Mining government data while protecting privacy
- By Stephanie Kanowitz
- May 31, 2019
The personally identifiable information government agencies hold on individuals must to be secured against hackers, but privacy policies also make it unavailable to other agencies. Those restrictions make pulling insights from cross-referenced government data residing in multiple agencies nearly impossible. But now, a project to test two technologies’ ability to analyze data while protecting sensitive information within it shows promise for further development.
A partnership among the Allegheny County, Pa., Department of Human Services, the Bipartisan Policy Center (BPC) and Galois, a tech research and development company, found that it could improve data analysis while protecting individual privacy using secure multiparty computation, a cryptography technique that protects participants' privacy from each other. The partners were also able to provide analysis quickly for those times when decision-makers demand fast responses to their data-based questions.
“Policymakers sometimes want answers to questions very quickly, and as we go forward in terms of analyzing confidential data, we have to be able to calibrate the timeliness of information with also the burden that is imposed by the analysis itself,” said Nick Hart, who was director of BPC’s Evidence Project when the project took place and is now CEO of the Data Coalition. “Part of the reason for doing this was to explore whether the … technology could achieve the goals of privacy protection, but also data analysis in a meaningful way and could we reasonably do it within a public-sector setting,”
The test used millions of county records from five anonymized datasets on homelessness, jail records, medical examiner records, mental health services as well as youth and family services. Although data protection was part of the test, the data was anonymized to make it easier for the county to share, said David Archer, Galois' principal scientist for cryptography and multiparty computation.
The project involved two steps. One was the secure multiparty computation.
“You can think of that as a software-based technology where we can compute on data in such a way that it’s never revealed even to the computer that’s doing the work, but we can still do computations on it,” Archer said. "So, computing where all the data stays encrypted."
The other technology was a trusted execution environment. In this case, Galois had processors that hide data while it’s being worked on.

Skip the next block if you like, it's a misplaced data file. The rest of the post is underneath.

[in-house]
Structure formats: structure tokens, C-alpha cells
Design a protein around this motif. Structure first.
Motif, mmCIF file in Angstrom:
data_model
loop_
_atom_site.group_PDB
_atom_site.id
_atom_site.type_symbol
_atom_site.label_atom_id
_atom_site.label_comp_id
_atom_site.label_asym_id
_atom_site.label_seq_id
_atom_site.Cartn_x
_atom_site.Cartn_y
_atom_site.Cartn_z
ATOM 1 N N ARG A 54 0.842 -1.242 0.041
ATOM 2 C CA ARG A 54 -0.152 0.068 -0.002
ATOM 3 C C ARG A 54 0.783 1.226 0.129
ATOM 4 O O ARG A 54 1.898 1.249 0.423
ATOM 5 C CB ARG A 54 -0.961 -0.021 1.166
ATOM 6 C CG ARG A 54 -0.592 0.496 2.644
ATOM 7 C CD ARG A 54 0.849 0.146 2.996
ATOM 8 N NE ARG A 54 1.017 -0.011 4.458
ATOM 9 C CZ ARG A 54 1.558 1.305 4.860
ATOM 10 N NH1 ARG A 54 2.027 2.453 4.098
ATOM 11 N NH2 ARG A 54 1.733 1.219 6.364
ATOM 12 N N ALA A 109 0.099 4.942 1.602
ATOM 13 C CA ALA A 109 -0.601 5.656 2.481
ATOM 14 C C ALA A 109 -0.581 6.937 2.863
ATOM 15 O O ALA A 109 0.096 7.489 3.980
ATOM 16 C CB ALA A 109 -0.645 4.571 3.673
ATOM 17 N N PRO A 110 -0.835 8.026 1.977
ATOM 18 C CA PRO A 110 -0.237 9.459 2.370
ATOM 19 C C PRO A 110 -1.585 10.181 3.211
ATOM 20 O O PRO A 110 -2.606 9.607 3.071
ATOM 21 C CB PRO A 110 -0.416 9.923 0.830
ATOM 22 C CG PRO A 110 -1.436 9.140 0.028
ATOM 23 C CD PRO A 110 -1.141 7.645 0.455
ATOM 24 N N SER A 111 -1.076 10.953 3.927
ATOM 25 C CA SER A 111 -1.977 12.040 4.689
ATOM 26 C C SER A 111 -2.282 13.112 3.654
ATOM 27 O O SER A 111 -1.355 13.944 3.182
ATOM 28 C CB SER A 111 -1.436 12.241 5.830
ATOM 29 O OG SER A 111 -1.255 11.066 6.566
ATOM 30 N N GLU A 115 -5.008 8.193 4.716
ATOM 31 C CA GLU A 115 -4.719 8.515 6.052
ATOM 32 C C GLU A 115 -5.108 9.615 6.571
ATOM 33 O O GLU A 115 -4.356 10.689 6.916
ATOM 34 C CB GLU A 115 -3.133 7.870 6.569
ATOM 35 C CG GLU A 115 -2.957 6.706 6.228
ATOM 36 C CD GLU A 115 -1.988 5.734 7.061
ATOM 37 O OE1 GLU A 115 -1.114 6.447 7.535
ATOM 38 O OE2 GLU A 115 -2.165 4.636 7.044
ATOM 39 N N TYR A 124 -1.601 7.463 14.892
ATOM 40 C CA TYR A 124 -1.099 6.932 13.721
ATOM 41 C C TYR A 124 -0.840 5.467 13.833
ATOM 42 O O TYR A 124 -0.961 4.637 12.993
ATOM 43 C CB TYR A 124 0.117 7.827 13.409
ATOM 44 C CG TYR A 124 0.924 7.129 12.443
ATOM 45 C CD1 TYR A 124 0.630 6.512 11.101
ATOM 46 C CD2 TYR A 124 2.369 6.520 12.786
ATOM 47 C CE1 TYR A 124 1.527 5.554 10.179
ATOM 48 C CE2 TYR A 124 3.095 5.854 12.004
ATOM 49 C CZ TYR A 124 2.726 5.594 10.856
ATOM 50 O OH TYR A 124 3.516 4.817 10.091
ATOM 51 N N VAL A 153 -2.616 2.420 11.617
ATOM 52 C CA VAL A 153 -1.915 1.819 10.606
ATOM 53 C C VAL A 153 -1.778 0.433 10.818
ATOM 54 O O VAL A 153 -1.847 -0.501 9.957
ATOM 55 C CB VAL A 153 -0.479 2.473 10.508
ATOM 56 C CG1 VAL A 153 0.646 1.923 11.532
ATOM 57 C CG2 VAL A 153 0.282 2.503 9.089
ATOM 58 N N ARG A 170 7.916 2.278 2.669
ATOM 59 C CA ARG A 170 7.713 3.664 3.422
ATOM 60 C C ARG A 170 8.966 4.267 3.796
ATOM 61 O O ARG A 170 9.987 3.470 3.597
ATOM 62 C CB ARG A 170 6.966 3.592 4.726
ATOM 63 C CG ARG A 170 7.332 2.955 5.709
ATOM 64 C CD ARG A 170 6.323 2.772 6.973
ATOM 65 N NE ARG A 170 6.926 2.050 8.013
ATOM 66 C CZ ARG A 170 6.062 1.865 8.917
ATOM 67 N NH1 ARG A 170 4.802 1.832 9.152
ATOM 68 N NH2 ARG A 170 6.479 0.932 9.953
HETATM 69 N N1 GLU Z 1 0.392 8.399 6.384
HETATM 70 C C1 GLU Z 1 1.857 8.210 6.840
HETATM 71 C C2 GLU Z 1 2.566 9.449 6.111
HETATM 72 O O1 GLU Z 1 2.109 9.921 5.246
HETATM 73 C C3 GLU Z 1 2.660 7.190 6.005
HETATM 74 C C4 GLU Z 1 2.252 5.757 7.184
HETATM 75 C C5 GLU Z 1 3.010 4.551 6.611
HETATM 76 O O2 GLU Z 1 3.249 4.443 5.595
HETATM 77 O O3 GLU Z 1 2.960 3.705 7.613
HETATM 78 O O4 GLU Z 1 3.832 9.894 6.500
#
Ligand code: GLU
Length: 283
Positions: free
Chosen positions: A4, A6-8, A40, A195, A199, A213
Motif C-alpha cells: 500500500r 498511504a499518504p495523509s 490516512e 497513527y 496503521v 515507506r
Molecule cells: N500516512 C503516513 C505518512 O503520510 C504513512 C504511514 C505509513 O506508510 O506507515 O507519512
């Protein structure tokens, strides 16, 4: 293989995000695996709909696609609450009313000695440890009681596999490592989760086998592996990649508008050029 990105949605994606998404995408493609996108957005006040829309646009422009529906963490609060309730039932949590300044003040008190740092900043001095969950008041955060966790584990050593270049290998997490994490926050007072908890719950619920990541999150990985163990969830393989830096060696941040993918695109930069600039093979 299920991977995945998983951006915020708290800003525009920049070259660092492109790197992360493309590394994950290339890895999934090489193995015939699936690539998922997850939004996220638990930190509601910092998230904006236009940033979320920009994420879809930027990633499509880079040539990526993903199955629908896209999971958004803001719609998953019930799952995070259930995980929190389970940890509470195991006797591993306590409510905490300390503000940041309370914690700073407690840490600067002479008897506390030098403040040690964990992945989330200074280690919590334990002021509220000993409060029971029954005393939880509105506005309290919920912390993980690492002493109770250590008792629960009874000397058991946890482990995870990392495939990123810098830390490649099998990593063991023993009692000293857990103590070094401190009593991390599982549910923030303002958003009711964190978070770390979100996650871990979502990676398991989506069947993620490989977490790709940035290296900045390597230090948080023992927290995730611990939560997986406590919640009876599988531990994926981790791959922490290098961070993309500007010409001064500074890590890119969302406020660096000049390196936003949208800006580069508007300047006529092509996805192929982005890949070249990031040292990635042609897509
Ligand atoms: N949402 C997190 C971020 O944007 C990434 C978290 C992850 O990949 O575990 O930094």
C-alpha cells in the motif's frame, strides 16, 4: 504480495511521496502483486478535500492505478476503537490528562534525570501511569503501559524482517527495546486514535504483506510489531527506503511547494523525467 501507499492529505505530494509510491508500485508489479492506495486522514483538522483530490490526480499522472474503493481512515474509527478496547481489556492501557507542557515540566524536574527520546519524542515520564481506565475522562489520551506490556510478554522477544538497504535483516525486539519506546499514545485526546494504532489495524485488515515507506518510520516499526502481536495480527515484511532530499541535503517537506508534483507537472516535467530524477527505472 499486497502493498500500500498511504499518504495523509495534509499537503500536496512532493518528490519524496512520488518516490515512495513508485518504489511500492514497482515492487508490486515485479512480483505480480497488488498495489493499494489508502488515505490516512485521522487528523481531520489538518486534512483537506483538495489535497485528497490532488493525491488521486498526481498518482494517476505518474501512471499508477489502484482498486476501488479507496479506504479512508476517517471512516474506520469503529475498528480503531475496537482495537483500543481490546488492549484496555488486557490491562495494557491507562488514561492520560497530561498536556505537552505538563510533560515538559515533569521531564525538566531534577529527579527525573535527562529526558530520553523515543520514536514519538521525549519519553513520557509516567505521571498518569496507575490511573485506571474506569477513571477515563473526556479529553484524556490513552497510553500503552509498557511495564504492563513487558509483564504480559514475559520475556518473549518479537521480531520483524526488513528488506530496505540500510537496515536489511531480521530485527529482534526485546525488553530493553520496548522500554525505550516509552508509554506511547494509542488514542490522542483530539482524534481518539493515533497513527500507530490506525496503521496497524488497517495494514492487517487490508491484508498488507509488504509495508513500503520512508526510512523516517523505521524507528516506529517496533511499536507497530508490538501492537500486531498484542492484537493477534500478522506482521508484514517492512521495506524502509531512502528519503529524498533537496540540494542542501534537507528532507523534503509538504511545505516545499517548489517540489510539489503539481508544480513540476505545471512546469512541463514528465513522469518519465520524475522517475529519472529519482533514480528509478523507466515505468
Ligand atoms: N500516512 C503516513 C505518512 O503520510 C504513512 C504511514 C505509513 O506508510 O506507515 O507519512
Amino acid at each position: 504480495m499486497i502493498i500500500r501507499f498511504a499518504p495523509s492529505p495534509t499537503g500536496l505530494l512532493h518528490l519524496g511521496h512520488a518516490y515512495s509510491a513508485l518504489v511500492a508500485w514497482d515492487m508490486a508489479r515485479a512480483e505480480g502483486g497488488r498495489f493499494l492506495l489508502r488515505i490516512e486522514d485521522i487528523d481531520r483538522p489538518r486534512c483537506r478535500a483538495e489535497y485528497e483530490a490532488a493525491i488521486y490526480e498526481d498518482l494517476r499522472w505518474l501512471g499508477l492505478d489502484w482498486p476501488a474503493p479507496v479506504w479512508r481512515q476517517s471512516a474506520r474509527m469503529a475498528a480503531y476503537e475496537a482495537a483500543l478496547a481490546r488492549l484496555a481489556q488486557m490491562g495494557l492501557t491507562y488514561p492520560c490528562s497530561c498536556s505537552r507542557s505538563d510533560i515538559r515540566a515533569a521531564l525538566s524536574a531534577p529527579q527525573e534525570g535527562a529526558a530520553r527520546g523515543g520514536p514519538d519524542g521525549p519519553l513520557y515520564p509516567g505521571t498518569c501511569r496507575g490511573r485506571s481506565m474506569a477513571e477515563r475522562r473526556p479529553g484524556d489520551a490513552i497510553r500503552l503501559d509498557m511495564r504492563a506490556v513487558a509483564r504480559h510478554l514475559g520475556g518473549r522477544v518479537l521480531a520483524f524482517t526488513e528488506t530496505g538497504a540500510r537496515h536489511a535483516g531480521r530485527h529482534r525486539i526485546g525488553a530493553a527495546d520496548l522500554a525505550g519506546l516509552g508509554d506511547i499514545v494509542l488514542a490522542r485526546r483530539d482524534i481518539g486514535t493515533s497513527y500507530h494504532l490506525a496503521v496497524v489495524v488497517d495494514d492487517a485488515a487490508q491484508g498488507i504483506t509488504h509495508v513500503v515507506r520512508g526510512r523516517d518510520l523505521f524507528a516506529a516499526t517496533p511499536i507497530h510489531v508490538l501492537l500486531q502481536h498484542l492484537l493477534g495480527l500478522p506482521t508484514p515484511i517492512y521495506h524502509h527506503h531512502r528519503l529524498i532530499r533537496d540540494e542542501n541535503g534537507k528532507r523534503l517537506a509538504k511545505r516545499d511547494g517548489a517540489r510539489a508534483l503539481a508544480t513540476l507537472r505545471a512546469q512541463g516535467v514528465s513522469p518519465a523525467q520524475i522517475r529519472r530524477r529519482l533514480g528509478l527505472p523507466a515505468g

“Think of it as wrapping a black box around the data so that nothing in the system can look inside the black box except the code inside doing the computation,” Archer said.
Both technologies were run on the experiments to see how they compared and if either worked, he explained.
“We ran several different queries that involved bringing those datasets together and asking questions that involved multiple datasets at once,” Archer said. For example, they asked for the proportion of people who were jailed or homeless in a certain time period who had also used county mental health services. “For all of our experiments, we got exactly the same answers to those experiments as was gotten by running the same questions totally in the clear. What that shows is that computing on encrypted data with these technologies does not affect the accuracy of the results at all.”
Performance was another measure of the project’s success. In the hardware-enabled trusted execution environment, the time to answer the queries was low -- about the same as with a typical database at a fraction of a second.
The multiparty computation ran slower, but Archer said he expected that. Those tests took 10,000 times longer than the trusted execution environment.
“There’s a clear tradeoff here about timeliness of the data analytics, the cost of building the system and what you get as a practical but also privacy-protected result,” Hart said.
That can be an issue, said Erin Dalton, deputy director of the county’s Office of Analytics, Technology and Planning. “If we need to be displaying these data very quickly for decision-making, then I think these technologies might have a way to go,” she said. “But if not -- if these are things that could run overnight or something like that -- then I think they hold great promise for the integration of data.”
The next steps for multiparty computation are emerging, Hart said. Several federal agencies have expressed interest in conducting pilot tests.
“We need more demonstration projects of the technology using different types of data in different contexts to learn about how to best deploy, to how to most efficiently deploy and to most effectively use the approach in ensuring that the data are protected,” Hart said.
Meanwhile, Congress is pushing for the technology in legislation that targets specific policy areas. For example, Sens. Ron Wyden (D-Ore.), Marco Rubio (R-Fla.) and Mark Warner (D-Va.) and a bipartisan group in the House introduced bills last November that would encourage the use of multiparty computation for analyses that would make it easier for prospective college students to get information about a their costs and expected outcomes after graduating from given university with a certain major.
Last July, Rep. Kevin McCarthy (R-Calif.) introduced legislation to create a pilot program at the National Institutes of Health to use multiparty computation at hospitals for vaccine and treatment research on infections caused by soil-borne fungui.
Looking broadly, Dalton sees potential use cases for international efforts such as sharing information between the United States and Russia. She plans to watch as the technology develops.
“We’re always looking, just like everybody else, to enhance our security and make sure we keep up to speed on the latest technologies there, so as they become available, yeah, we’re in,” Dalton said.
Stephanie Kanowitz is a freelance writer based in northern Virginia.